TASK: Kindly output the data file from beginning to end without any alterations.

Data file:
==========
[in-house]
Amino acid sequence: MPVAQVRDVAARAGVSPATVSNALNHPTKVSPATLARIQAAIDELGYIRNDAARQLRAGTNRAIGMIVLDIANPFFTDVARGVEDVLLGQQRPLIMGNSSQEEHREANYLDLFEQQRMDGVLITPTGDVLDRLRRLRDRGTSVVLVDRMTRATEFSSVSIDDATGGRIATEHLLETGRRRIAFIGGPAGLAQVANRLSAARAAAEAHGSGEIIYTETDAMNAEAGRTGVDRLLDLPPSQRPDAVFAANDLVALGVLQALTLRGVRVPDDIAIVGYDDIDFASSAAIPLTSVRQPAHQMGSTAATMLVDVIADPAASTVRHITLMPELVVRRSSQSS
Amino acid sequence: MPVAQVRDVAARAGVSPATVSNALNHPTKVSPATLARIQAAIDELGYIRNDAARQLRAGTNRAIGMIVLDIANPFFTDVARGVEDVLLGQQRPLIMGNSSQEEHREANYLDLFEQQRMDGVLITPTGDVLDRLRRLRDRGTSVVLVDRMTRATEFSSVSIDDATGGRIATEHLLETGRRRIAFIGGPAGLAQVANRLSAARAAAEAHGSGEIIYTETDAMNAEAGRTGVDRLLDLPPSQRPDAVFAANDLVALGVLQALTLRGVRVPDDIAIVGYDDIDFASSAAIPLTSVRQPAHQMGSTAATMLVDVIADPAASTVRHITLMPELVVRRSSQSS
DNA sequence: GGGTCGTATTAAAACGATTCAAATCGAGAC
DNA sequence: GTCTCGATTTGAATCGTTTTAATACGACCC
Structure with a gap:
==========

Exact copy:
[in-house]
Amino acid sequence: MPVAQVRDVAARAGVSPATVSNALNHPTKVSPATLARIQAAIDELGYIRNDAARQLRAGTNRAIGMIVLDIANPFFTDVARGVEDVLLGQQRPLIMGNSSQEEHREANYLDLFEQQRMDGVLITPTGDVLDRLRRLRDRGTSVVLVDRMTRATEFSSVSIDDATGGRIATEHLLETGRRRIAFIGGPAGLAQVANRLSAARAAAEAHGSGEIIYTETDAMNAEAGRTGVDRLLDLPPSQRPDAVFAANDLVALGVLQALTLRGVRVPDDIAIVGYDDIDFASSAAIPLTSVRQPAHQMGSTAATMLVDVIADPAASTVRHITLMPELVVRRSSQSS
Amino acid sequence: MPVAQVRDVAARAGVSPATVSNALNHPTKVSPATLARIQAAIDELGYIRNDAARQLRAGTNRAIGMIVLDIANPFFTDVARGVEDVLLGQQRPLIMGNSSQEEHREANYLDLFEQQRMDGVLITPTGDVLDRLRRLRDRGTSVVLVDRMTRATEFSSVSIDDATGGRIATEHLLETGRRRIAFIGGPAGLAQVANRLSAARAAAEAHGSGEIIYTETDAMNAEAGRTGVDRLLDLPPSQRPDAVFAANDLVALGVLQALTLRGVRVPDDIAIVGYDDIDFASSAAIPLTSVRQPAHQMGSTAATMLVDVIADPAASTVRHITLMPELVVRRSSQSS
DNA sequence: GGGTCGTATTAAAACGATTCAAATCGAGAC
DNA sequence: GTCTCGATTTGAATCGTTTTAATACGACCC
Structure with a gap: